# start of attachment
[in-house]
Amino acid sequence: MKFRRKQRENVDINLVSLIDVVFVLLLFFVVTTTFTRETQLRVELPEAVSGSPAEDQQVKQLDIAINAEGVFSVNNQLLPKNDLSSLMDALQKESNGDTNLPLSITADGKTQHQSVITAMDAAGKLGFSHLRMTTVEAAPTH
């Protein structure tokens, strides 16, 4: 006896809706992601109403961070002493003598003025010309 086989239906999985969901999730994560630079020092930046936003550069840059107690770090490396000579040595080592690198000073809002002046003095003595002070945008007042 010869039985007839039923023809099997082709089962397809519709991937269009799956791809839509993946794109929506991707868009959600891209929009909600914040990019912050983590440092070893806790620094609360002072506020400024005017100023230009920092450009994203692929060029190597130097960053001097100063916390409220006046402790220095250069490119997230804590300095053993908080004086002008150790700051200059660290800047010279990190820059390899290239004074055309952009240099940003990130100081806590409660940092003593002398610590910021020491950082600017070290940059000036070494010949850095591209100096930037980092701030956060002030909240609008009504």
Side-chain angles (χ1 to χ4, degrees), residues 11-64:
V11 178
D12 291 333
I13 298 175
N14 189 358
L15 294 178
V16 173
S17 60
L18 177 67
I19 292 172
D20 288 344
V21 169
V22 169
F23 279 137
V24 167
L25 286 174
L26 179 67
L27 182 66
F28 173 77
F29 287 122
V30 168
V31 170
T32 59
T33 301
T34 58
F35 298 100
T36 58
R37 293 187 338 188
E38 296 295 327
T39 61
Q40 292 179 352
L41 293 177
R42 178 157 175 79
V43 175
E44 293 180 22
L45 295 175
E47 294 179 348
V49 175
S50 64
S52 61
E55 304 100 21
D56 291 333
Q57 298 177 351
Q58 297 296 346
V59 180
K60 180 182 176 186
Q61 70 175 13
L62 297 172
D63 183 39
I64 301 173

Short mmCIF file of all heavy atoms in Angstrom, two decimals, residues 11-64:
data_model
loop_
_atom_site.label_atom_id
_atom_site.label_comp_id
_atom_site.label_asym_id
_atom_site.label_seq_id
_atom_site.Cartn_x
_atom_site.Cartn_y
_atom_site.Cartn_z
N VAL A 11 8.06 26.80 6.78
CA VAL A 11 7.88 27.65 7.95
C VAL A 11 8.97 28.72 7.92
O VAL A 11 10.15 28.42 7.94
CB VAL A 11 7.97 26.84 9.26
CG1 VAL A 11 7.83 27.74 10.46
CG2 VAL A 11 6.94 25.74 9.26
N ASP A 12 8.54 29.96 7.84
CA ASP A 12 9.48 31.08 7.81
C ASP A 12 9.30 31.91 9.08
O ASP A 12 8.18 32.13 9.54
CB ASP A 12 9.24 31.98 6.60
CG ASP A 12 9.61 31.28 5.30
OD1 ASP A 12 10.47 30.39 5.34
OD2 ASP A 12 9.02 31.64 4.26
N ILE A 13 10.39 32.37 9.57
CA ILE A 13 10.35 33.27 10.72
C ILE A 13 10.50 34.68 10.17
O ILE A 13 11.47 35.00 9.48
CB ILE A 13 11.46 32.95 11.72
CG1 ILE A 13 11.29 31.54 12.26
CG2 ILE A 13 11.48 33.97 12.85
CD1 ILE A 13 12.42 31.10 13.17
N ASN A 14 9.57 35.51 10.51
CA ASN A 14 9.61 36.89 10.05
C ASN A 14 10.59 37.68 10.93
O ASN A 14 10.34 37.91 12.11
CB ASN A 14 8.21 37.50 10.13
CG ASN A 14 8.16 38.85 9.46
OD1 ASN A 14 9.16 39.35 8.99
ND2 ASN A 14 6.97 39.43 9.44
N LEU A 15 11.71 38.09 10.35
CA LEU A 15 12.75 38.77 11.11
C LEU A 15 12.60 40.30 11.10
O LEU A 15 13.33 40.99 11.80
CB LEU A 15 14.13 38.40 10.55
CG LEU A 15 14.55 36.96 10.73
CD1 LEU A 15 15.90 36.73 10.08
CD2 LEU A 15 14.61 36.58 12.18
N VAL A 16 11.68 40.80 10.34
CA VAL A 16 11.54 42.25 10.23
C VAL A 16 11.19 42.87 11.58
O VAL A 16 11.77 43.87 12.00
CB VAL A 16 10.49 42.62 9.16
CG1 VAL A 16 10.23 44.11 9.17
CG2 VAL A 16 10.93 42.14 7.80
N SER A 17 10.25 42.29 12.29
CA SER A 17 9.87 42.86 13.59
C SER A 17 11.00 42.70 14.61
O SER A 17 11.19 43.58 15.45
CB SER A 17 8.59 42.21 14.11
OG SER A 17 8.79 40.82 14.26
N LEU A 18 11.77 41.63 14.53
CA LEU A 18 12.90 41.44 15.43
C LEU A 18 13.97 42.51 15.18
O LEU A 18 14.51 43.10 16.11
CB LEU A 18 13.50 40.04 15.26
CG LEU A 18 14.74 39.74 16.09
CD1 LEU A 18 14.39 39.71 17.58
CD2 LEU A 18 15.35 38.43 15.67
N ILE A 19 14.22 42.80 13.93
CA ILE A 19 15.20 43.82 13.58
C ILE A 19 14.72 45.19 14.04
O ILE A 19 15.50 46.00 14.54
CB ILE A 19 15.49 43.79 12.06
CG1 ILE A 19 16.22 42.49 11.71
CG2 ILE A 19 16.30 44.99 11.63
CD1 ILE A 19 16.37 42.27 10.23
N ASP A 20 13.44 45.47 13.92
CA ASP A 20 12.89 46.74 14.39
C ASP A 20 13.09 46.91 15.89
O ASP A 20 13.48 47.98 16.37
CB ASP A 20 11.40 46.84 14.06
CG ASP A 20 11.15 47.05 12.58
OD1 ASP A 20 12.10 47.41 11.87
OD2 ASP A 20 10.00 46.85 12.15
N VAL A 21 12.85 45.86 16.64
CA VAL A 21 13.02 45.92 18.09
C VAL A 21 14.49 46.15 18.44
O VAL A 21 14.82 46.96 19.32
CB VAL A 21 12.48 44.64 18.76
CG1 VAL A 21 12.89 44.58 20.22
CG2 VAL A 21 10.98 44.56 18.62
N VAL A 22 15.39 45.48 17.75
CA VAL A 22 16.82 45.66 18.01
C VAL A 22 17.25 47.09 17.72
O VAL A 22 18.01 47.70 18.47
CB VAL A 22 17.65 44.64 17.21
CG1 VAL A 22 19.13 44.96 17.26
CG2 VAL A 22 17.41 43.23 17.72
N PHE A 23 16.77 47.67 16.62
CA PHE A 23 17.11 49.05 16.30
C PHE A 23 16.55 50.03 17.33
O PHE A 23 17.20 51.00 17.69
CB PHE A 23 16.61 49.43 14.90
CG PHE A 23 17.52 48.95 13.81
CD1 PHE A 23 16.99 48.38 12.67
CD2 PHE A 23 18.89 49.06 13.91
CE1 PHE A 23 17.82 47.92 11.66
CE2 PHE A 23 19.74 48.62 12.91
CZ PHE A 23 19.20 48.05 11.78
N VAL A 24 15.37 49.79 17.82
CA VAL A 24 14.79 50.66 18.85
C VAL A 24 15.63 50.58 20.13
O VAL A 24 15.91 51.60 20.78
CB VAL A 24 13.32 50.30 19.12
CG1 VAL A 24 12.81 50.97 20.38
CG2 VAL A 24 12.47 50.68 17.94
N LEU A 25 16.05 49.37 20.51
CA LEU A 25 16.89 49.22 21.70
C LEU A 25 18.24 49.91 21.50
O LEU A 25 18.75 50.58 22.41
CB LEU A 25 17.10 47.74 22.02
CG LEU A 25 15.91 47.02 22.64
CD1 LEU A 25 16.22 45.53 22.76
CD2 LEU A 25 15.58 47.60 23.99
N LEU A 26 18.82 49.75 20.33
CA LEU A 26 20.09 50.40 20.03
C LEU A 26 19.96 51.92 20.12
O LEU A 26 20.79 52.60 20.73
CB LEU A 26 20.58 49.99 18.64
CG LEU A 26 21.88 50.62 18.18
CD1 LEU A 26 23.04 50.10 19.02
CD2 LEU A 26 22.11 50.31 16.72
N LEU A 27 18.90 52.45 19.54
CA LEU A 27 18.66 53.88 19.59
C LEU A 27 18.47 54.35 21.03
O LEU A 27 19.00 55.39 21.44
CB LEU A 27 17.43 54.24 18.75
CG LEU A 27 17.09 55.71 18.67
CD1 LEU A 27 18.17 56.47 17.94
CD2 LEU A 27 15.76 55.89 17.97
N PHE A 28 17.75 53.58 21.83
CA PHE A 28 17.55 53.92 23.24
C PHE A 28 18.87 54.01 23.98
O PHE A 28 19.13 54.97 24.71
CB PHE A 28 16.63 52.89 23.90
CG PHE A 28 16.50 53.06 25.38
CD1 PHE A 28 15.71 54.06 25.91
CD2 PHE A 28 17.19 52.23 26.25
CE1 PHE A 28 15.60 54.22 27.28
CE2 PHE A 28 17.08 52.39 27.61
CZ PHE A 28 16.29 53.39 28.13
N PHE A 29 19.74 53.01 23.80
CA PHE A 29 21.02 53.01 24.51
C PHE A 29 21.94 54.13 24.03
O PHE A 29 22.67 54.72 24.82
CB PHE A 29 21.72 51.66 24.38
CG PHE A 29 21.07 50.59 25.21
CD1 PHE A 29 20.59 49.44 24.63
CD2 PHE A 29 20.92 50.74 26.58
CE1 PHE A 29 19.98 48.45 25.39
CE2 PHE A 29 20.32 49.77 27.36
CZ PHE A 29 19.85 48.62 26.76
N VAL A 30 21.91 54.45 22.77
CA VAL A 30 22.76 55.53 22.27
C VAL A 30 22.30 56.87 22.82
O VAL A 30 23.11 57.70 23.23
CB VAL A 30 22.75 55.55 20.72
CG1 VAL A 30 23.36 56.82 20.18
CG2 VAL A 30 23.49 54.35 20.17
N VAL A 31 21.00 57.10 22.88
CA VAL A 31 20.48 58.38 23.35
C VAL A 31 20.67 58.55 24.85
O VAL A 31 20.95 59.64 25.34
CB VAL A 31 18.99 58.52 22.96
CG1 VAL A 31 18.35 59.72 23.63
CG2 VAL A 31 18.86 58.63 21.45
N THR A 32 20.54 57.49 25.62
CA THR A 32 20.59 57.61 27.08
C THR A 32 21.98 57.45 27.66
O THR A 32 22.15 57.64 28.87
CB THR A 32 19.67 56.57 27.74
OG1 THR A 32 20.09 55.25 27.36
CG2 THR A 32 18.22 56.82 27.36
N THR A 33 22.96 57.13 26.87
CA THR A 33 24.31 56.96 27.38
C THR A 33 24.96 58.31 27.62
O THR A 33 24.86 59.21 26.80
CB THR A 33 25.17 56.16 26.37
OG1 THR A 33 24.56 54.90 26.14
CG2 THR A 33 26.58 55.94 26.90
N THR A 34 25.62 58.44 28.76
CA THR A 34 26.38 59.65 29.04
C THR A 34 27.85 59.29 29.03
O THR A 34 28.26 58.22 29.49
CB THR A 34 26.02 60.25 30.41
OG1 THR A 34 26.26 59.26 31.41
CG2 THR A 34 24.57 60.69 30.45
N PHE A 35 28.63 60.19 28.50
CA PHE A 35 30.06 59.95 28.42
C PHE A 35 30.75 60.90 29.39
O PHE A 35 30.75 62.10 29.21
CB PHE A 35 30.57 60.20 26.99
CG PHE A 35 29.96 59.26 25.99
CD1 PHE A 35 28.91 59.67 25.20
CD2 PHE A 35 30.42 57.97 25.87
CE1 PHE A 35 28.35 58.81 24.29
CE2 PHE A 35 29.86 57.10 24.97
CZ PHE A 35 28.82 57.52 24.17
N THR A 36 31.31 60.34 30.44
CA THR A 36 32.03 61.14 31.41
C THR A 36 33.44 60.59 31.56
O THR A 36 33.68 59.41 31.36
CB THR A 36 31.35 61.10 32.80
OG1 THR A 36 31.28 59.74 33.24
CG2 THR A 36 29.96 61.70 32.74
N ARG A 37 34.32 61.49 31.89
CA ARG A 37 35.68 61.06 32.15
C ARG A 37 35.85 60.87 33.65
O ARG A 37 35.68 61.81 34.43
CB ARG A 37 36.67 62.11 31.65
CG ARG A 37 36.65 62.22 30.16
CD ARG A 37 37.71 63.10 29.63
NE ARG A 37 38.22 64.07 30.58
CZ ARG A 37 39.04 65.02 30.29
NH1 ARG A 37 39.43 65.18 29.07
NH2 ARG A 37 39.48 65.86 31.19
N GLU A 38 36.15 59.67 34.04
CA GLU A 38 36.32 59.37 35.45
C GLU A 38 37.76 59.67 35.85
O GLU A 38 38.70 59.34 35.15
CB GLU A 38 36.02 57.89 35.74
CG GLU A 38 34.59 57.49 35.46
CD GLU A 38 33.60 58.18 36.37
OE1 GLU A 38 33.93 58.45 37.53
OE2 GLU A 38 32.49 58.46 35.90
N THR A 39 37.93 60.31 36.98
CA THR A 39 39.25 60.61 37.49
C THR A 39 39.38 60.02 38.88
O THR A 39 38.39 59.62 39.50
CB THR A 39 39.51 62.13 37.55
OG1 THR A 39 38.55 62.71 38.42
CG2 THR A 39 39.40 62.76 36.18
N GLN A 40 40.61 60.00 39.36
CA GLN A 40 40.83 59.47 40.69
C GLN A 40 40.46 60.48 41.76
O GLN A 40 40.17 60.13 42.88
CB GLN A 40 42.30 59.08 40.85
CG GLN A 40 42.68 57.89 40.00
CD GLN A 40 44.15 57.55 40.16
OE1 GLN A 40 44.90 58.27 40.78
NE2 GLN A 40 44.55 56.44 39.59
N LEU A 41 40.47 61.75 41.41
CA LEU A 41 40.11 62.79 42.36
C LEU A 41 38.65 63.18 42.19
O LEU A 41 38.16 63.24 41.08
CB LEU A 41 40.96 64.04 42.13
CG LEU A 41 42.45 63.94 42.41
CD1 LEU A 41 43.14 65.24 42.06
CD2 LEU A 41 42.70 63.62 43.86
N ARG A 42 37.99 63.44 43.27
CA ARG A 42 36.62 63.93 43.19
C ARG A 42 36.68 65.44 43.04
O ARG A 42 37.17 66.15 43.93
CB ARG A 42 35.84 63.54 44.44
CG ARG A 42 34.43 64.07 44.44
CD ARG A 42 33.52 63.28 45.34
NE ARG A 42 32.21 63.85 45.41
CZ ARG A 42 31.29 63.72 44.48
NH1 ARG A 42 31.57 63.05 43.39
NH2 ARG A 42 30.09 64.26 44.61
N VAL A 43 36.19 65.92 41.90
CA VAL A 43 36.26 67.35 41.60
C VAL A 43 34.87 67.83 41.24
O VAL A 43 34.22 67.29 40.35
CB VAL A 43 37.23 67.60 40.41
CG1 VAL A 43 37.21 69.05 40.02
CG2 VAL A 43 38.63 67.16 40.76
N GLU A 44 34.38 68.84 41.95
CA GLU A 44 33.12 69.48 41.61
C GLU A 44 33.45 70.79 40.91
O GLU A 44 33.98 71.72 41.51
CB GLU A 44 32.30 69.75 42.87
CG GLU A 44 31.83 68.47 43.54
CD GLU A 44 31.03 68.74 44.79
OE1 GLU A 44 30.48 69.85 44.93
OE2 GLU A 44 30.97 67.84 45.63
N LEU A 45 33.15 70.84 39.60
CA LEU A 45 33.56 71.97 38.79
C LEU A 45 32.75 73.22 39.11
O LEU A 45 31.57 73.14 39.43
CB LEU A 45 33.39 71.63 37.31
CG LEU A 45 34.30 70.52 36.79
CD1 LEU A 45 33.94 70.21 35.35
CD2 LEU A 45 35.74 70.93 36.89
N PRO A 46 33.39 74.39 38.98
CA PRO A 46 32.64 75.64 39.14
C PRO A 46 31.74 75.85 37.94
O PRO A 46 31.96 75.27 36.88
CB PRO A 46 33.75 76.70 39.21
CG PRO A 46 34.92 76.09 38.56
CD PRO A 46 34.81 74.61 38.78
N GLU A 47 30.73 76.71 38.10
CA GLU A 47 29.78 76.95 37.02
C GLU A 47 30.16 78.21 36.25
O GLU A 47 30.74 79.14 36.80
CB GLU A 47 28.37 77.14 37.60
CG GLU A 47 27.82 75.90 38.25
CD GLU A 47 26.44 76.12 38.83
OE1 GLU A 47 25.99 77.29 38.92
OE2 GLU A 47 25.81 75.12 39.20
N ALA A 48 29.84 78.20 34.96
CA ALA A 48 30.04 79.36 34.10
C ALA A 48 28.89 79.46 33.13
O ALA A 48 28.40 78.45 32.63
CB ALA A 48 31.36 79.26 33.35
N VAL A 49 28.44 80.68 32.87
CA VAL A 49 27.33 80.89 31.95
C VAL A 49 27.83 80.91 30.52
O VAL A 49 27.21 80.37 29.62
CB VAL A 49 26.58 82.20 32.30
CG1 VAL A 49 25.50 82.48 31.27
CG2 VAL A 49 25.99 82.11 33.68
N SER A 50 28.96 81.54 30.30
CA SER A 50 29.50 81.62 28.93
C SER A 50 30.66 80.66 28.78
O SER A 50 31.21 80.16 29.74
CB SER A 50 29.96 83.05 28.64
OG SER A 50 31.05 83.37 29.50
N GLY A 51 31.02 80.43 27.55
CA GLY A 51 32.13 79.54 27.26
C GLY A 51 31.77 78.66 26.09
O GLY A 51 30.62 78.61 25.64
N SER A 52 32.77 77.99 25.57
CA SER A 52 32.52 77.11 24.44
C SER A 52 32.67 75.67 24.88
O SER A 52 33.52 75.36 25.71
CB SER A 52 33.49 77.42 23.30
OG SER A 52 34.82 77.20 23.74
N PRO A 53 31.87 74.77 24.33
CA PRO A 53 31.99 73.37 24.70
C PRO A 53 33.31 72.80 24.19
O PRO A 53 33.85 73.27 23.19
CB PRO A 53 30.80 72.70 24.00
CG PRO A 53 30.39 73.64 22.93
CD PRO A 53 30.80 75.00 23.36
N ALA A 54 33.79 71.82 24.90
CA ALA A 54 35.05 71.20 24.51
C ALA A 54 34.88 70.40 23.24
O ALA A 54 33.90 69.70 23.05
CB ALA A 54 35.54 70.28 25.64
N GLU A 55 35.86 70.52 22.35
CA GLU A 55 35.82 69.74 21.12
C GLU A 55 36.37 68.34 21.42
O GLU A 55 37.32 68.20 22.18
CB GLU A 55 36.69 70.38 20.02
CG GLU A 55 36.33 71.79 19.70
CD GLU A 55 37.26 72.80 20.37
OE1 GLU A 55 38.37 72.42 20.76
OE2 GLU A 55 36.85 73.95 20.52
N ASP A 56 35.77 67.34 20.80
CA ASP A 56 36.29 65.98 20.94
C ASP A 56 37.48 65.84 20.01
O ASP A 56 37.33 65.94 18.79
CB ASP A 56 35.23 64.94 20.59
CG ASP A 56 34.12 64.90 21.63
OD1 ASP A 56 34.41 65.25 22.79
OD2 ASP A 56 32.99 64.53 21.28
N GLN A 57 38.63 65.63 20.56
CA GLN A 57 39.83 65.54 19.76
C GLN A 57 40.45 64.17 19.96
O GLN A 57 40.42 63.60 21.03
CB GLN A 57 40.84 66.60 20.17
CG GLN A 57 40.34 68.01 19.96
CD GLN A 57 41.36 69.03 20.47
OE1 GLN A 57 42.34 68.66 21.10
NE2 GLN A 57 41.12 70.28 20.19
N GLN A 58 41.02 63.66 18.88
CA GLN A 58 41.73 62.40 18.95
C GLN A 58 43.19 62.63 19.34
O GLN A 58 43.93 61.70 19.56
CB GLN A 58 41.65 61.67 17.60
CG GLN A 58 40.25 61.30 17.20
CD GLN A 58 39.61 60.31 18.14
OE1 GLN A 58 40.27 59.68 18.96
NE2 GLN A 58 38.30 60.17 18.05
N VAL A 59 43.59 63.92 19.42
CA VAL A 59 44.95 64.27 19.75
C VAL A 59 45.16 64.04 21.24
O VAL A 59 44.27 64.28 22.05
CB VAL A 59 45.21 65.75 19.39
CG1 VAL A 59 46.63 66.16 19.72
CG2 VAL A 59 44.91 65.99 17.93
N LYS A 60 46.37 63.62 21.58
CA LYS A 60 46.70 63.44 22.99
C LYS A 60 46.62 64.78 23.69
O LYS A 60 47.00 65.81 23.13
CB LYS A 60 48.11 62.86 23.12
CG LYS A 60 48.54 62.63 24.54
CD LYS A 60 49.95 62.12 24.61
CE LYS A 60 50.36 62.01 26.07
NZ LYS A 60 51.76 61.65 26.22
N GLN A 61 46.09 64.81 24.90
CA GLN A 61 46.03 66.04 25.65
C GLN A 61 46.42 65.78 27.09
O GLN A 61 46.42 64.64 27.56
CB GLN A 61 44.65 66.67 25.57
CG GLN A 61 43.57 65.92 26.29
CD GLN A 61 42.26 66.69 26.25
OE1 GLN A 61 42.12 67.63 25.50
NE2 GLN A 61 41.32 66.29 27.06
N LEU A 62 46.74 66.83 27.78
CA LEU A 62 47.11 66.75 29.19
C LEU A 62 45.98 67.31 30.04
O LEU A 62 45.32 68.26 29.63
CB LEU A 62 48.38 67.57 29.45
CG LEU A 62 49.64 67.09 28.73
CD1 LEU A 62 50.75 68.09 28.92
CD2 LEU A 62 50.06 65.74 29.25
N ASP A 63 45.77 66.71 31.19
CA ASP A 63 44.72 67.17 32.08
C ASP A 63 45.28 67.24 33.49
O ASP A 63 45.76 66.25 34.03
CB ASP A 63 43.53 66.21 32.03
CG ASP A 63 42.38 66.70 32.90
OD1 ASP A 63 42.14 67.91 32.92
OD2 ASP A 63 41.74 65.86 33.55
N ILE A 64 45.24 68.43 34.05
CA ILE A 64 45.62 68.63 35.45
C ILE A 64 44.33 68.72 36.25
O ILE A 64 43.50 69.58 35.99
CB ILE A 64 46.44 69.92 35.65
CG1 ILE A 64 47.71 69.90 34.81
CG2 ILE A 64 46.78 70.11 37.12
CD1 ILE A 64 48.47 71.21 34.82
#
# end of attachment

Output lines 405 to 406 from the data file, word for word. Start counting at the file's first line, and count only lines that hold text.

CB ALA A 54 35.54 70.28 25.64
N GLU A 55 35.86 70.52 22.35